Created on Monday, 31 March 2014 Written by LISA CORNWELL, Associated Press
CINCINNATI (AP) — The Cincinnati Zoo says the death of its only female Sumatran rhino is a blow to a breeding program aimed at saving the critically endangered species.
FILE - In this July 17, 2013 file photo, Suci, a female Sumatran rhino, sniffs the air in her enclosure at the Cincinnati Zoo in Cincinnati. The zoo said Suci died Sunday, March 30, 2014, after showing symptoms of a disease that killed her mother five years ago. (AP Photo/Al Behrman, File)
The zoo says the rhino named Suci (SOOCH'-ee) died Sunday after showing symptoms of a disease that killed her mother five years ago. Final results of a necropsy won't be known for weeks.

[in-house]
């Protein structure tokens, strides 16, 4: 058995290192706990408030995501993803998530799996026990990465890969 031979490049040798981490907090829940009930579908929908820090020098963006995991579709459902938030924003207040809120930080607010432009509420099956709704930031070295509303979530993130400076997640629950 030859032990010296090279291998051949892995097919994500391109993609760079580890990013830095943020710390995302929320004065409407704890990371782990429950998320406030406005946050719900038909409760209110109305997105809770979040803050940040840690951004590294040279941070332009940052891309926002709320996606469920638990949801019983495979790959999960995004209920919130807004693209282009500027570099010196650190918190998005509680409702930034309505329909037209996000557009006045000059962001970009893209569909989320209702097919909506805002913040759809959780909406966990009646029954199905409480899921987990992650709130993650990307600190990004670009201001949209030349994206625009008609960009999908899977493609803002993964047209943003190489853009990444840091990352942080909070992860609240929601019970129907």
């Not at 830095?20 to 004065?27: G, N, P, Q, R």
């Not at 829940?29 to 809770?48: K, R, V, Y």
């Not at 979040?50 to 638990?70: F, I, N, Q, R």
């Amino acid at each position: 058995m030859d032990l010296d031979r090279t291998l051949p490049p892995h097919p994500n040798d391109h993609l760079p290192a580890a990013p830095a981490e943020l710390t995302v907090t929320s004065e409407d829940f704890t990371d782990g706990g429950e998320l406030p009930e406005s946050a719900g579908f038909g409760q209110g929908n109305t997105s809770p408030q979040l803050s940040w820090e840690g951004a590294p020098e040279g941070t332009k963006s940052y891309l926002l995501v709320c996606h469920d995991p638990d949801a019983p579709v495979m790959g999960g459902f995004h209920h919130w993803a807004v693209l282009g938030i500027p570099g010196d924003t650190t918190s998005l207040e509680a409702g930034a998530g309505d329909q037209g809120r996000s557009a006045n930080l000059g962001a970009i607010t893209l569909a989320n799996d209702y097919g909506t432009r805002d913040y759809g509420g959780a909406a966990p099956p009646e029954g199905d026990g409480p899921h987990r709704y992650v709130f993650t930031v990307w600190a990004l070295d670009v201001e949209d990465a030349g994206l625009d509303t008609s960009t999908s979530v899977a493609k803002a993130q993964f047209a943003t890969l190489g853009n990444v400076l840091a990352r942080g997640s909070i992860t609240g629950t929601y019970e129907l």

Suci was born in 2004. She was one of three Sumatran rhino calves born at the zoo and had not produced offspring.
Keepers had hoped to mate her with a captive male, possibly her brother, who also lived at the zoo. He is now the only Sumatran rhino in North America.
Conservationists have concluded as few as 100 of the two-horned, hairy rhinos might remain in their native southeast Asia.